Assessment: OK, confession time. I actually liked the first Alien Vs. Predator film. I thought the concept was cool if not always the execution.
AVP: Requiem however? Emmm…not so much.
This movie is so frenetic and uninspired, it’s like writer Shane Salermo threw darts at a wall and just decided to include whatever sci-fi/horror clichés it hit. Aliens Vs. Predator: Requiem answers the question, “What do you get when you take brothers whose claim to fame is founding a special effects company and have them direct an Alien film?” The answer is the visual equivalent of the alien chest-burster scene from Alien. Seriously, this film is so bad the directors intentionally use bad lighting to mask (unsuccessfully) how putrid the movie is. I kept picturing Ridley Scott somewhere crying one solitary tear like that Native American in the ’70s commercial.
3. Beyond the Valley of the Dolls (1970)
Director: Russ Meyer
Starring: Dolly Read, Cynthia Myers, John LaZar
Plot: In this parody of the 1967 film, The Valley of the Dolls, this film….this film….ok honestly this film almost defies description. There are women in a rock band and something about an Aunt’s family fortune and a male music producer who turns out to be a chick. Oh and it was also written by movie critic Roger Ebert.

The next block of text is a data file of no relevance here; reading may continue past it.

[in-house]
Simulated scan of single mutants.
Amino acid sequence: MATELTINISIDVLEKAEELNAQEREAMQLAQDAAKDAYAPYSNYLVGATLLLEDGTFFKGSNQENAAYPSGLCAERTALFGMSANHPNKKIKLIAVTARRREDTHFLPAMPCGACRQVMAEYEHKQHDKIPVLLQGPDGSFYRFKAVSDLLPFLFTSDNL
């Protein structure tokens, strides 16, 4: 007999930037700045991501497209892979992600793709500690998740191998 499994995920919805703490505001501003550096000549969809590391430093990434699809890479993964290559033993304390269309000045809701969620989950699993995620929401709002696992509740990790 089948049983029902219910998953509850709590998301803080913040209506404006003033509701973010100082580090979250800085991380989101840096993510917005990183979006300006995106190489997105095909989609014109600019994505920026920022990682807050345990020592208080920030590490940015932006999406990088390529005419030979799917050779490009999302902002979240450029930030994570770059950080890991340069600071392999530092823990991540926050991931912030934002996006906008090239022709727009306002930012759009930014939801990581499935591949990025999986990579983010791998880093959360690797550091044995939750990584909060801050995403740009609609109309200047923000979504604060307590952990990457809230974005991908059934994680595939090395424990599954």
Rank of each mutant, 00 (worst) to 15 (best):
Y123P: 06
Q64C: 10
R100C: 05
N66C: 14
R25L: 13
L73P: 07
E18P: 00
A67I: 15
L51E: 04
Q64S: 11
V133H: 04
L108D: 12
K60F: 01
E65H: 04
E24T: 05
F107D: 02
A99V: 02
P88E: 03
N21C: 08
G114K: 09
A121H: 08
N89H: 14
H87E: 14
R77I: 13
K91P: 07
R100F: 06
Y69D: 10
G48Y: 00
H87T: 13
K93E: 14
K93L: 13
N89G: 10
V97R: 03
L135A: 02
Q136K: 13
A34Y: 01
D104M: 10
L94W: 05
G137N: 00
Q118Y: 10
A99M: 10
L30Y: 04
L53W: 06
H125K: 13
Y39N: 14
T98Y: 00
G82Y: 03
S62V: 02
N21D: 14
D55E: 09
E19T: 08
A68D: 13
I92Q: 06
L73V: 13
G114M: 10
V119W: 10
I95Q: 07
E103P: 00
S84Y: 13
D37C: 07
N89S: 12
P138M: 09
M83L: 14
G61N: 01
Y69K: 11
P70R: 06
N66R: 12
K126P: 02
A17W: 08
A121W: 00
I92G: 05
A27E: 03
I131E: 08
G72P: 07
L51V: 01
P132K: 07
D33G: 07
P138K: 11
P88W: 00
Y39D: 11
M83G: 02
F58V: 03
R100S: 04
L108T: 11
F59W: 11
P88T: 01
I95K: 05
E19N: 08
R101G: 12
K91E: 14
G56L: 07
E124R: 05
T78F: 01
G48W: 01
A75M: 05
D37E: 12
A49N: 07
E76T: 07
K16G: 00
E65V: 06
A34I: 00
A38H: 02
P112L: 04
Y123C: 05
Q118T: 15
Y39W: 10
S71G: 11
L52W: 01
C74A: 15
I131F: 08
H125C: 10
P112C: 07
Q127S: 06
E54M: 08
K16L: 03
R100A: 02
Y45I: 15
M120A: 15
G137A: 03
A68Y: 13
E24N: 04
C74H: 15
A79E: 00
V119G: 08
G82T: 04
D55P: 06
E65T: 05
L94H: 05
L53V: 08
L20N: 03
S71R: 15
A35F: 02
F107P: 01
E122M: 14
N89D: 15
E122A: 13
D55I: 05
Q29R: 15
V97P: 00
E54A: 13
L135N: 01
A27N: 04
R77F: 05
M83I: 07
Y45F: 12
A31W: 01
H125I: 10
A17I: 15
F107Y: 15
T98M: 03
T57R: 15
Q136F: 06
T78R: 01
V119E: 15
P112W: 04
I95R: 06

Assessment: I talked about cult classics earlier and this is definitely one of them. I distinctly remember watching this film at a sleepover when I was thirteen or fourteen. There was a lot of sex, so much so it felt like part porno film (which I later discovered was intentional), so it was appealing. However, there’s no way anyone would call this a good film. Roger Ebert himself describes it thusly:
“I think of it as an essay on our generic expectations. It’s an anthology of stock situations, characters, dialogue, clichés and stereotypes, set to music and manipulated to work as exposition and satire at the same time; it’s cause and effect, a wind-up machine to generate emotions, pure movie without message.”
An essay? If I were the teacher I’d have preferred the student had plagiarized something. While Roger may have intended to do these things, the truth is that it’s a just a horrendous movie with no deeper meaning.
2. The Happening or Mark Wahlberg Talks to Plants (2008)
Director: M. Night Shyamalan
Starring: Mark Wahlberg, Zooey Deschanel
Plot: The world gets attacked by plants and people start committing mass suicide.
Assessment: I took my then fiance Megan to see this “film” in June of 2008. By then we’d been engaged for almost a year, which I’m thankful for. Reason being that if we hadn’t been I think she would have dumped me like a Michael Bay scene without explosions. In fact when the movie ended, I believe she said something to the effect of, “I hate you right now for taking me to this movie.”
Can’t say as I blame her.
Top to bottom this film is horrendous. From the production value, to the asinine plot, to the atrocious pacing–it’s one of those movies you walk out of where you tell yourself, “Welp, there’s two hours of my life I can never get back.” However, the worst aspect of this film is the acting. People give Mark Wahlberg a lot of shit for being a horrendous actor. I’d say that’s overly harsh. He’s not Daniel Day-Lewis but he’s not Rob Schneider by any stretch of the imagination. But GOOD GOD is he bad in this film. Wahlberg demonstrates that “acting” can possess a very broad definition. I mean this scene alone proves it: